The Furnace of Kings

Carlos IV monument in Plaza Mayor, Intramuros c. 1898.

The statue of Carlos IV is one of few colonial era monuments that stand today in the old city of Manila called Intramuros. The original purpose of its commission, who made it, and the story of its construction have been largely forgotten, and there are many gaps in the historical record about the monument. Recent findings by historian Pedro Luengo Guttierez attribute the monument’s mold to Spanish sculptor Juan Adan (1741-1816), who sculpted it in 1796.  However, the cast was forged in Maestranza, a bronze foundry converted by Chinese mestizo laborers who made cannons and ammunition for the Spanish colonial army. A granite tablet on the pedestal, tells onlookers that the statue was installed in the plaza in 1824 following a deadly mutiny that almost overthrew the colonial government.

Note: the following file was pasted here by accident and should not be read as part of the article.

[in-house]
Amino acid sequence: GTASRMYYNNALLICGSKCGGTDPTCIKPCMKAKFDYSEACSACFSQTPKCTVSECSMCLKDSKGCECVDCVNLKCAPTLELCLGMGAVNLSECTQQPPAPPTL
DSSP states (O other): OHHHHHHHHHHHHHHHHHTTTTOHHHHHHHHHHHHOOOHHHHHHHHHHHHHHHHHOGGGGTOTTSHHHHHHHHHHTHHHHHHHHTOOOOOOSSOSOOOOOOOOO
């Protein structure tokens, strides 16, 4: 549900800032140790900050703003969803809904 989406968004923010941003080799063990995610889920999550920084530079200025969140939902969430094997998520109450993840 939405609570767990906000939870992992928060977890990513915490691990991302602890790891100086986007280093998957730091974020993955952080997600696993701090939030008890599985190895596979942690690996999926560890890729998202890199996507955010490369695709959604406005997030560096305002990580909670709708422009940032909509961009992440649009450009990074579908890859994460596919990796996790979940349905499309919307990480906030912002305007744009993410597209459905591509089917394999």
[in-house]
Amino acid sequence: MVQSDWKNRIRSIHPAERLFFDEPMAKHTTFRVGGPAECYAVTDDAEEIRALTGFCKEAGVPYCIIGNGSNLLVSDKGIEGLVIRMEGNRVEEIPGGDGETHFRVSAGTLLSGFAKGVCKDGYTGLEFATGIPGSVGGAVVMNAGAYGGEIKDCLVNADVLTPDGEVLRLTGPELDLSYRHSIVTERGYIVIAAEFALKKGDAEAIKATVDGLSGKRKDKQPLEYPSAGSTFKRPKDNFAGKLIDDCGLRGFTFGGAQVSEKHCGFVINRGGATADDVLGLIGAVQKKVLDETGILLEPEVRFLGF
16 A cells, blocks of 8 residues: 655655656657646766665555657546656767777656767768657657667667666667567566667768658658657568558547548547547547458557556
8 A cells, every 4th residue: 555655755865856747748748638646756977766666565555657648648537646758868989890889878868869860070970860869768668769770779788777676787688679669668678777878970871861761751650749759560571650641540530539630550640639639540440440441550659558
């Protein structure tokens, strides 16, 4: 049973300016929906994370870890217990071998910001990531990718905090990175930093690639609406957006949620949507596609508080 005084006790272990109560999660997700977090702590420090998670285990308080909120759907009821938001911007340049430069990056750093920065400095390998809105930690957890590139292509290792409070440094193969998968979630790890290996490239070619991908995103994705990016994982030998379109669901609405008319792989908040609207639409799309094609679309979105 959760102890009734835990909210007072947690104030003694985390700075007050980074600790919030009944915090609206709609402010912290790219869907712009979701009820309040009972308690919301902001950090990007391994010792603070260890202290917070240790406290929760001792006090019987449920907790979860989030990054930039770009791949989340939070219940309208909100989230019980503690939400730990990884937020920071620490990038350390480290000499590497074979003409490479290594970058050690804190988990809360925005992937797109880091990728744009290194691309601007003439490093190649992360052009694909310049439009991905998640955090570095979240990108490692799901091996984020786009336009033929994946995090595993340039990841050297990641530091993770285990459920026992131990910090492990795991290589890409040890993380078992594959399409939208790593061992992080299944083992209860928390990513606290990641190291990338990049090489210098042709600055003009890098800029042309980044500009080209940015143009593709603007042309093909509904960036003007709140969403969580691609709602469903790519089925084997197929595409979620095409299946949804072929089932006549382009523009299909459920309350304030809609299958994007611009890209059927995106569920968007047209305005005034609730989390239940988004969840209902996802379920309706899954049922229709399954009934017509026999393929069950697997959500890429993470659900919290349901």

The description of foundry masters Mateo Villanueva and Felipe Alonso from the records in the archive are intriguing. Villanueva had just been released from prison, exonerated for a robbery at the Maestranza while Alonso worked with the new cast for the bell for the Manila Cathedral years before. Although both men worked on the monument to Carlos IV, neither directed its operations. That task was assigned to Ambrosio Casas, the captain of a regiment of a local militia. Another interesting figure thought to have worked on the monument was Damian Domingo, who was a minor at that time. He would later build the first Art Academy in Manila in 1821.